76

Is it possible to zoom into a plot if inline is activated? Especially regarding to 3d-plots rotating and zooming is a necessary feature.

90

Now thanks to mpld3 it's super easy to enable zooming in inline plots!

All you have to do is install mpld3 (pip install mpld3), and then add this to your notebook:

%matplotlib inline
import mpld3
mpld3.enable_notebook()

Now your plots will get a toolbar menu at the bottom left, in which you can enable mouse zooming :)

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  • It seems 3D plots are not supported yet : github.com/jakevdp/mpld3/issues/223 – Théo T Dec 2 '14 at 17:14
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    This is great, but one should add that with some of the heavier duty plots (plots containing millions of points, for instance), it is very slow. – user2321808 Sep 24 '15 at 15:00
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    I implemented this in my Jupyter Notebook 4.2.2 and zooming in caused the figure to go blank. Adding origin='lower' as an argument to the imshow() call fixed it. (e.g. imshow(res, origin='lower', cmap = cm.gray)) – DanGoodrick Sep 6 '16 at 19:15
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    Doesn't work for me. I'm getting Json serialization error – Gulzar Nov 23 '18 at 13:39
86

You can now use %matplotlib notebook instead of %matplotlib inline and you'll be able to interact with your plots.

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  • 1
    This a great solution. If you try it and it doesn't work, check your version of matplotlib. I think this was introduced in version 1.5 – jpobst May 19 '17 at 14:14
  • Doesn't work as well as I'd hoped with subplots; can zoom and pan for an individual subplot but can't increase/decrease the size of the entire plot image. Which, to be fair, wasn't the original question asked above. – ijoseph Dec 11 '17 at 22:49
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    @ijoseph you can increase the size of the entire image as well. Just drag the right bottom corner of the plot.. – João Abrantes Dec 12 '17 at 16:09
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    You may need to restart your notebook if you already called %matplotlib inline – Guido Feb 6 '18 at 12:28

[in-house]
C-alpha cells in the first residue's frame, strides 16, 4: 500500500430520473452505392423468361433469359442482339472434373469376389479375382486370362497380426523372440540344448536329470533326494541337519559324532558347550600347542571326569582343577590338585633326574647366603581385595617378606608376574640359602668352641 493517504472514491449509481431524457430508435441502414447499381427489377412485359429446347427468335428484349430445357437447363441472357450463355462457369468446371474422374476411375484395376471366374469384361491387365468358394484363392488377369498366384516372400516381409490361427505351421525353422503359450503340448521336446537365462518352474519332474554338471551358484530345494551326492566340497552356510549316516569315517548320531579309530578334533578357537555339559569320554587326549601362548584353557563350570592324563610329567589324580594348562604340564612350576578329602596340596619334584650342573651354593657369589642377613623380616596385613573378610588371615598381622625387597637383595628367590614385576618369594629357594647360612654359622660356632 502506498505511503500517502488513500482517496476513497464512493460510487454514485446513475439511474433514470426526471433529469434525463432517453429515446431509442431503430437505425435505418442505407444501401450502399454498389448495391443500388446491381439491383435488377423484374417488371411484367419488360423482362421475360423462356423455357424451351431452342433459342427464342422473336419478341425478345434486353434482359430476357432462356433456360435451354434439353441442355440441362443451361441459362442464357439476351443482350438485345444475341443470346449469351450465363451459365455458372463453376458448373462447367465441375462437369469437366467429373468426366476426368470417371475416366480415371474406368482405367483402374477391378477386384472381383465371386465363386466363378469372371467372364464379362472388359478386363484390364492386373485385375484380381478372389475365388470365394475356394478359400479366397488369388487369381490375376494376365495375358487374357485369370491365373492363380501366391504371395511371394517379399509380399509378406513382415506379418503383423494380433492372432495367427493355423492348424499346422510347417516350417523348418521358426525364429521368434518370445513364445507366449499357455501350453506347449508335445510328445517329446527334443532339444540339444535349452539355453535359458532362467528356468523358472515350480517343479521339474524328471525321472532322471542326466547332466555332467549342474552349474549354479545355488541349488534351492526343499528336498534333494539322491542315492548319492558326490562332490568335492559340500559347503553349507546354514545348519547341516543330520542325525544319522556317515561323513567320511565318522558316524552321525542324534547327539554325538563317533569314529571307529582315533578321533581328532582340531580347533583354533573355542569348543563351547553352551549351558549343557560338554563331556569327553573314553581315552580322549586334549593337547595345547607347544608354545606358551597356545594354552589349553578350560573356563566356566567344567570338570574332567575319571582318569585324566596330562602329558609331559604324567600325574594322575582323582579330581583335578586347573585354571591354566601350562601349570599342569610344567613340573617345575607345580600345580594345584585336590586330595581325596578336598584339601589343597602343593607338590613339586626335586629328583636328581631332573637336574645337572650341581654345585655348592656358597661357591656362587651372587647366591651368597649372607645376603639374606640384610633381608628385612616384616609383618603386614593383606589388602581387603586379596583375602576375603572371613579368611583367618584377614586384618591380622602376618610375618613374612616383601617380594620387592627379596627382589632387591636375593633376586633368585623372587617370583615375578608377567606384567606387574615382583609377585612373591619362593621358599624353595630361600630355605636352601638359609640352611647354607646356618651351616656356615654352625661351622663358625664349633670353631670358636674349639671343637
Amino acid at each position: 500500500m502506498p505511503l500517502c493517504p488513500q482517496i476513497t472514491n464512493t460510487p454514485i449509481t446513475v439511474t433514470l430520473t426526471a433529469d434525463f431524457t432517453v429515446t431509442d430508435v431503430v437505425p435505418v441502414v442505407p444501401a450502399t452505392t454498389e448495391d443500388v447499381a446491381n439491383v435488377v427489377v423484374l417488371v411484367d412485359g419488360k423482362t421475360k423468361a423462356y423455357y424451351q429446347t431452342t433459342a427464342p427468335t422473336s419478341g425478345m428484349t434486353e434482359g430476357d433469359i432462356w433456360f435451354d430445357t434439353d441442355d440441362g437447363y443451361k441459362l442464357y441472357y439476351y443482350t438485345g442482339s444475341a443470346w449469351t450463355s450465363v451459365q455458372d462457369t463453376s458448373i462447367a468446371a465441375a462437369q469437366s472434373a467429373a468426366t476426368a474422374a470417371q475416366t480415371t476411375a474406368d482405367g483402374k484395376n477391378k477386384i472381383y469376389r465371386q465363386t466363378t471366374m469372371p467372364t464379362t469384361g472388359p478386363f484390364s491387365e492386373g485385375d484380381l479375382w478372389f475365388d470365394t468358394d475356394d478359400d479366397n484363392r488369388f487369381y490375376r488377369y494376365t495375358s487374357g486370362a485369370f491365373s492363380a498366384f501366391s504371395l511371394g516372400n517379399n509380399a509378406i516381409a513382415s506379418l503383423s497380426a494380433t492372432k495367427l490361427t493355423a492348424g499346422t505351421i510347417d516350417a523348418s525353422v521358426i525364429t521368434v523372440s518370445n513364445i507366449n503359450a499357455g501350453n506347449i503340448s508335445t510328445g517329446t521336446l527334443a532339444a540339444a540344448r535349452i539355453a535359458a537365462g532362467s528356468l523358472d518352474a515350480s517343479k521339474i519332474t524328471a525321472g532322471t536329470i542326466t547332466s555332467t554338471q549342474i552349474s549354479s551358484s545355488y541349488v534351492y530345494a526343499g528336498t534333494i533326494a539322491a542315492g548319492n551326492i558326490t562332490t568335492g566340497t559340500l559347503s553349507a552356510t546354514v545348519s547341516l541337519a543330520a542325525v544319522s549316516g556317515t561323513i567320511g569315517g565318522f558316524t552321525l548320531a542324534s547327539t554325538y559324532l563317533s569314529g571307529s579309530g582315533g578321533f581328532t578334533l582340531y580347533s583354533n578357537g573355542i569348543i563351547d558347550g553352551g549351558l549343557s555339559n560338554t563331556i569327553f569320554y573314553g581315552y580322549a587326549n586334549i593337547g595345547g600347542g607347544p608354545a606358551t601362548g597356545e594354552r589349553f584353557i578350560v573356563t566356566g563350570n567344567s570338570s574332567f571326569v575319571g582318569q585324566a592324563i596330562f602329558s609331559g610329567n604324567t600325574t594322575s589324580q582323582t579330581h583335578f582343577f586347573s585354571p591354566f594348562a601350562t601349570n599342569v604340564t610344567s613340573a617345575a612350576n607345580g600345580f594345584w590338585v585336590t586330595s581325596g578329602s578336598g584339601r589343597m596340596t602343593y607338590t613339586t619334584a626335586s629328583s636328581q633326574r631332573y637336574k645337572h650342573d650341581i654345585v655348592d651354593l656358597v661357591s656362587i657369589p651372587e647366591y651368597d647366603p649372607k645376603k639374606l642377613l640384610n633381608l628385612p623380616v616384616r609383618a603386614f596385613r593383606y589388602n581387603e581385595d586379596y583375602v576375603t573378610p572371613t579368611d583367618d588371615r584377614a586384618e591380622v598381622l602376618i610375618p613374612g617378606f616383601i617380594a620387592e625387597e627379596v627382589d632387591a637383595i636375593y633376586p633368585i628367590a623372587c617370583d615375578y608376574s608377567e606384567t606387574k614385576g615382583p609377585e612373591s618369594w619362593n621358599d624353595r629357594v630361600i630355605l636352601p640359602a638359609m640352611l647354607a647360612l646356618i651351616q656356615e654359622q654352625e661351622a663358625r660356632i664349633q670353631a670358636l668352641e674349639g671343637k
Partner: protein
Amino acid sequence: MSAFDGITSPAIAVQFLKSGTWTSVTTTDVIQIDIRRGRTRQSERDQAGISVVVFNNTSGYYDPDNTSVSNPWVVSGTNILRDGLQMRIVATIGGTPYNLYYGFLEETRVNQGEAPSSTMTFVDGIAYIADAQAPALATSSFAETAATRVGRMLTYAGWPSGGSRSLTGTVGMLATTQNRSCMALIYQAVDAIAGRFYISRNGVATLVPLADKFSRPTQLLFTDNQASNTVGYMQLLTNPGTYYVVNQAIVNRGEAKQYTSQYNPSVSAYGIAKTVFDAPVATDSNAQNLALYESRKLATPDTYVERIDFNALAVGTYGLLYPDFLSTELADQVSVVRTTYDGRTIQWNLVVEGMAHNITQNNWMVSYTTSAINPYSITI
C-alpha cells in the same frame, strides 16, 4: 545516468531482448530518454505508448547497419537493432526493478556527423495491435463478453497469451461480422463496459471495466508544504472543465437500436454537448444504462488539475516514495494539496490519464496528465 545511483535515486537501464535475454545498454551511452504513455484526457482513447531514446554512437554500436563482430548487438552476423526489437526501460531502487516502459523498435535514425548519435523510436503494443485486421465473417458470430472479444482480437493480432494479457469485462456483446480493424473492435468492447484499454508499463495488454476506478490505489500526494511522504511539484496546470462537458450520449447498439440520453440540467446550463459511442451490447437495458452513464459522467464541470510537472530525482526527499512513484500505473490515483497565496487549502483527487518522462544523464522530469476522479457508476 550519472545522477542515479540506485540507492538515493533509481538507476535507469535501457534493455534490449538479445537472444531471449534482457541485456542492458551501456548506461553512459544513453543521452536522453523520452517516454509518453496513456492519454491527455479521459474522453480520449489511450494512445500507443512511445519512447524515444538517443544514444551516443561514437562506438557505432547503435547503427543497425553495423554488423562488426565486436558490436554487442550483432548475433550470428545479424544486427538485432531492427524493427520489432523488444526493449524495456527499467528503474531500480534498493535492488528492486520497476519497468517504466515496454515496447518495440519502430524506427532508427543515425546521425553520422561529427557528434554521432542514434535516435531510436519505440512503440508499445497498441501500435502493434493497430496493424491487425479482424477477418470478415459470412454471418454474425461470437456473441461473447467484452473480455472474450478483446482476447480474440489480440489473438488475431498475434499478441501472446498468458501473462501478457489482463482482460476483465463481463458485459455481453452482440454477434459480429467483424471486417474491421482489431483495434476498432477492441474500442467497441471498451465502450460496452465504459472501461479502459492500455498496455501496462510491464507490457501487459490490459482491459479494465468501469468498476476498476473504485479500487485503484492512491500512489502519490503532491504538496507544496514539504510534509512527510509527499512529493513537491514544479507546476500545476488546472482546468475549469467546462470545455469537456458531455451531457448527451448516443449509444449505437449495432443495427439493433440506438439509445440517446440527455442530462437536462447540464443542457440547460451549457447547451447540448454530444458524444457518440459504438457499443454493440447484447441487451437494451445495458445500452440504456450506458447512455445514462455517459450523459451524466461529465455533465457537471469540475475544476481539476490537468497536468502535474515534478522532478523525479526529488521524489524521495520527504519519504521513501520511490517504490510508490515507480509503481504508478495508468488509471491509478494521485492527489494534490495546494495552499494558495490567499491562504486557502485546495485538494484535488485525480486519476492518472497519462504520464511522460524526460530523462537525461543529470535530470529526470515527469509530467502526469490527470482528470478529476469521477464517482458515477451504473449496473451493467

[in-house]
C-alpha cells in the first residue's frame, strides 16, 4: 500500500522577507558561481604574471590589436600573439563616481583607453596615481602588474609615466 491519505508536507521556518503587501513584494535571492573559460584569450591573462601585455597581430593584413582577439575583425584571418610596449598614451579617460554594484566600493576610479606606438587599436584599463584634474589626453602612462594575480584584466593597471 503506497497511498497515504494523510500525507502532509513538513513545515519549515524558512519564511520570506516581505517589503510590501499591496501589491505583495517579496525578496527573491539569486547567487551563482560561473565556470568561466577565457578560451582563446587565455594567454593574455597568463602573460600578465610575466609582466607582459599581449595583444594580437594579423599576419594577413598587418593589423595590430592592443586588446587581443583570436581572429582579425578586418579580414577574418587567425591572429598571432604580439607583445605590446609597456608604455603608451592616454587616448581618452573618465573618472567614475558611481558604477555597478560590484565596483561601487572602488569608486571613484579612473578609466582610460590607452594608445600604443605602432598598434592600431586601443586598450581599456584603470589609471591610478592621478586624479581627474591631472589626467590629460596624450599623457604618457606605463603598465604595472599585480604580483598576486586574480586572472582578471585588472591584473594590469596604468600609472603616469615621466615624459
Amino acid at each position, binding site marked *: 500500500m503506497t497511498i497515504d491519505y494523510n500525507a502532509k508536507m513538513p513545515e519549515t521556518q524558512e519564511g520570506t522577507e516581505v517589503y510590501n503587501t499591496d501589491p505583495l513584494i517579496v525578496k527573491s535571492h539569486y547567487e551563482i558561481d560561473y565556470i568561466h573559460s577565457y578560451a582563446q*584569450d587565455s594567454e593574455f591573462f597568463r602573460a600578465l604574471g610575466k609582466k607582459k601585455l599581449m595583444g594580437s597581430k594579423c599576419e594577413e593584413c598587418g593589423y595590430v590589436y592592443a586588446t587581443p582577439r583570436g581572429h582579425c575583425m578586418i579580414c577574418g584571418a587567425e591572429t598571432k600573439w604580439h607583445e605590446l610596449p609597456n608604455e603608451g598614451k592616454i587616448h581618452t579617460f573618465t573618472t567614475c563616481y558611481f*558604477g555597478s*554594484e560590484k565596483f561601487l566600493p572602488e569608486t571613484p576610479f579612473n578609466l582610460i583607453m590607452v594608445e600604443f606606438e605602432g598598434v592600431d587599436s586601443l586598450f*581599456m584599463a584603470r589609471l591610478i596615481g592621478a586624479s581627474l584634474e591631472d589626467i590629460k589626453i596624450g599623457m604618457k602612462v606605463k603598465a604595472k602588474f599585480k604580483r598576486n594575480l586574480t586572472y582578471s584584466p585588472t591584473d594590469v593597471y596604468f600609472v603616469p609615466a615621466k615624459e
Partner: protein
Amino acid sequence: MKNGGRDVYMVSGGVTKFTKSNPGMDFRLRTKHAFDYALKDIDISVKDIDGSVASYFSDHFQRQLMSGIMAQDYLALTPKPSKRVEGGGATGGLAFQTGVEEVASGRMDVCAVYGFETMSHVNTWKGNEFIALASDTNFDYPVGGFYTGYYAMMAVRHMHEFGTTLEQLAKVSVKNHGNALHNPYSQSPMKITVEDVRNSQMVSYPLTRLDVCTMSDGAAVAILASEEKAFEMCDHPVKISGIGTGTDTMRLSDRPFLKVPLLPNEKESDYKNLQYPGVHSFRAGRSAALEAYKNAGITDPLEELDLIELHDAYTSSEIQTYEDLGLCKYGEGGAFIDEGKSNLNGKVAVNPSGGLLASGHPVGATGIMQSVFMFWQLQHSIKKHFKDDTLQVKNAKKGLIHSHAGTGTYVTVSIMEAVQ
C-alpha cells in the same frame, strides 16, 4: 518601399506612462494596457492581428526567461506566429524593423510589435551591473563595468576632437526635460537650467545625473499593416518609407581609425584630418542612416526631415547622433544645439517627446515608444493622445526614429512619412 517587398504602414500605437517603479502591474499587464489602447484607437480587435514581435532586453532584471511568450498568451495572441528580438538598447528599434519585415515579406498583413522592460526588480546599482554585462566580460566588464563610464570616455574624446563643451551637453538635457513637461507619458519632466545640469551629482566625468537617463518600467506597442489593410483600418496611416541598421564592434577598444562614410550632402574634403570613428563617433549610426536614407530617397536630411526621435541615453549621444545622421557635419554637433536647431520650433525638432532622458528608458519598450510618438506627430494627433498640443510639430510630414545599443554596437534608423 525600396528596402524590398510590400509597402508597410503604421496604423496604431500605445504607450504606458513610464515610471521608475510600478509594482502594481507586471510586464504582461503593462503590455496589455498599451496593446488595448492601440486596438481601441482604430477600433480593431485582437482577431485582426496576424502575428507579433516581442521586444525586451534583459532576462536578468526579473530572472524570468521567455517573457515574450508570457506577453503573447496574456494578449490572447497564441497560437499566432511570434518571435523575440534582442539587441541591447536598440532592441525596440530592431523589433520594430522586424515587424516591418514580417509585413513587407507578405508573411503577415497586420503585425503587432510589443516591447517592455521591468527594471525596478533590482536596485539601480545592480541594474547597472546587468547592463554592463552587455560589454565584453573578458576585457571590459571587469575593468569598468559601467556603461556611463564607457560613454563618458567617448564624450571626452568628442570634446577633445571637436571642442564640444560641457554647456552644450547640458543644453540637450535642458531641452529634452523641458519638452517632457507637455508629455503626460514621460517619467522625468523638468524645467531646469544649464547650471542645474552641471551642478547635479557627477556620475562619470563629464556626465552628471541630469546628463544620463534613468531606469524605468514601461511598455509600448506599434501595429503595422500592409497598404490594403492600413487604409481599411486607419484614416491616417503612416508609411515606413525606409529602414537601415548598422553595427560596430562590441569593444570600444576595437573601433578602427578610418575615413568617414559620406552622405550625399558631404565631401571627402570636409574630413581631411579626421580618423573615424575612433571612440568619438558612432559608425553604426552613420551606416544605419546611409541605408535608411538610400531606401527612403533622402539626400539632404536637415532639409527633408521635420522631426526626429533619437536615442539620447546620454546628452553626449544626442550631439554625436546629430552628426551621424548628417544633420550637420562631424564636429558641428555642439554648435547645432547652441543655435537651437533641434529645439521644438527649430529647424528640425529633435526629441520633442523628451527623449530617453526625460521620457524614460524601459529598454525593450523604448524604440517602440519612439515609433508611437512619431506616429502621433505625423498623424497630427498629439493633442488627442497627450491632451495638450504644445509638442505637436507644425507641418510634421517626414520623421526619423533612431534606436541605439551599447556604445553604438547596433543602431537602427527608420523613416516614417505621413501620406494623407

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    I get the error "Javascript Error: IPython is not define" – Ben Oct 10 '19 at 7:33
10

At present, the closest you can come is to redraw it at a larger size using the figsize function. It expects dimensions in inches, which caught me out the first time I tried to use it.

There are some plants for a rich backend that would allow plots to be manipulated live, using HTML5, but I think it will be a few more months before that's ready.

If you're using the notebook on your local computer, for now the easiest option might be not to use inline mode, so the plots pop up as separate windows.

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  • 1
    Yes it is - with a recent version of matplotlib, you can now select the nbagg backend. – Thomas K Dec 4 '14 at 22:09
7

mpld3 slowed down the execution of my notebooks. I found it better to use the nbagg backend that provides the same interactive tools but also allows to save graphs by the right-click menu:

import matplotlib
matplotlib.use('nbagg')
import matplotlib.pyplot as plt
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  • 1
    I honestly think this is the best answer, looks way better than mpld3 and more features. – bznein Jan 20 '18 at 15:37
4

Another good example that has emerged recently is to outsource the job to plotly:

https://plot.ly/python/3d-plots-tutorial/

Let them handle the rendering, panning, and zooming for you!

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0

matplotlib.use('nbagg') didnt work for me either. I did find mdplt3 quite slow. Instead of zooming, I ended up resizing my figure (making it big), using this post: Plot width settings in ipython notebook

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